Mornings in my household are the most hectic. Everyone tries to get ready and get out of the house within an hour of waking up. After that rush, when I get dropped off at the bus stop at Production Way, I look forward to the normative silence one experiences in a public place (unless you’re with somebody). The bus ride up to SFU isn’t anything special once you’ve been doing it for a year. But there are some beautiful days when you are above civilisation, except the road, and can see the sun just peeking above the horizon. Although the cloud cover doesn’t allow it, you can feel like rays touching you. For me, it’s almost as if they wash me clean of any worries I had. The energy I develop during the ‘morning rush’ that is waiting to be used is soaked up by the sun. I’m left calm and in my own bubble of stillness.
This morning, however, the cloud cover was such that I couldn’t see the sun rise. On reaching the upper bus stop, I decided I would walk to the AQ (one of the main buildings) from the outside. The parking lot that I cut through was empty. Little bits of gravel and mud crunched under my feet as I made my way to the perpendicular paved path on the other side. It was…quiet. There were no birds chirping. If the fellow behind me couldn’t be heard, I would have imagined the building was completely empty of the thirty five thousand students that attend it. Usually, the weather conditions at SFU are twice as intense as those in the valley, it being on a mountain. But today the breeze lightly brushed my cheeks.
I was holding the two newspapers I always take and a pen in my hand. I was wearing adequate clothing: not too light and not too heavy. My backpack was its usual size with my textbooks in it. So it wasn’t my clothing; it was the breeze. I hadn’t felt this sort of calm breeze since I had been at SFU (two semesters).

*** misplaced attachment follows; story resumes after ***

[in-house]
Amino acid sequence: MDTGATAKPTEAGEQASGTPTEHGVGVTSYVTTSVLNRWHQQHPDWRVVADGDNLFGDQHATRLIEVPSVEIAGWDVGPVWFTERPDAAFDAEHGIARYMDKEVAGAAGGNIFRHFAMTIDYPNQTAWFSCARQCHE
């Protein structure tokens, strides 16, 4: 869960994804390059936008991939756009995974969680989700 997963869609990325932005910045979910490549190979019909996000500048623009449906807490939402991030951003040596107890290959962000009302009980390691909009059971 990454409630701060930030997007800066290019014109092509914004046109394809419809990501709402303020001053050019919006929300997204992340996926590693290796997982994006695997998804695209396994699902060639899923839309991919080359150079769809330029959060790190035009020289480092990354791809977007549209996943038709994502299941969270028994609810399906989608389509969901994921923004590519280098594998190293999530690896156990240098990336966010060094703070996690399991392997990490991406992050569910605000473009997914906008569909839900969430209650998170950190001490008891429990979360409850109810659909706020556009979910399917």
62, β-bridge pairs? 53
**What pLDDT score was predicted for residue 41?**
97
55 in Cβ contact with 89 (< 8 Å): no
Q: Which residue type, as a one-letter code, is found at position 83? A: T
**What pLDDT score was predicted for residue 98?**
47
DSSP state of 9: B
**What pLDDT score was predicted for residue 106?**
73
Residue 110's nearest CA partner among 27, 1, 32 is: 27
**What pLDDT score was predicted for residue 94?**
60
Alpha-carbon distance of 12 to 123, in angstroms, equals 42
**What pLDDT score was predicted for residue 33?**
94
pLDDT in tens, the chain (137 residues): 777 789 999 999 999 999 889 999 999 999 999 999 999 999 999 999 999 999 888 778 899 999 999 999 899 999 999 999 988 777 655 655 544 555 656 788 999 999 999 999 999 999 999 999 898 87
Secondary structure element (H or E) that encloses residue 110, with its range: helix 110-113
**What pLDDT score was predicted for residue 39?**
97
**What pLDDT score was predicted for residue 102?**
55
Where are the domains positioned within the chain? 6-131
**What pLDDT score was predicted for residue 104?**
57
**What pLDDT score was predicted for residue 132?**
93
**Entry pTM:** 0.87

I kept walking and my scenario revealed itself to be utterly undisturbed. The snow from the last snowfall had vanished except for the couple tiny mounds of slush strewn on the grass. The trees were bare of any leaves and stood in their anorexic nakedness. If I weren`t observing them, they would seem regular trees to me. But the atmosphere was such that I believed them to be sleeping. The rare leaf that hung by a thread from its branch fluttered, trying to maintain its balance and not join the scattered leaves on the grass. The grass. The grass was green and trimmed. Like all the other grass on the SFU grounds.
The building itself wasn’t the grey it always is. Its grey seemed to be a grey that is in transition, a grey that is waking up to become a black or a white. In this case, the grey seemed to be transitioning into a white. Or maybe that was just me… What caught my eye was the yellow on the windows of the grey building ahead of me (the AQ). The building could see the horizon. It could see the sun peeking out from behind the clouds. I felt left out. I kept walking.
The lights along the path were still on, their bluish white unseen to the naked eye. The pool of water in the ‘smoker’s corner’ was as pristine and as calm as ever. The dirt in it didn’t follow me as I walked by; it continued to sleep on. As I walked down the two flights of stairs that led to the doors of the AQ building, I realized I didn’t want to go in for my 2 hour lecture today. I didn’t want to sit in the screaming grey concrete of the building when I could sit outside and watch the evolution of the grey over the course of the day.
As I sit in the lecture hall, I imagine the grass waking up and the lights turning off for their diurnal sleep. But now I must go back to my books and the reality of the rush I experienced earlier in the morning…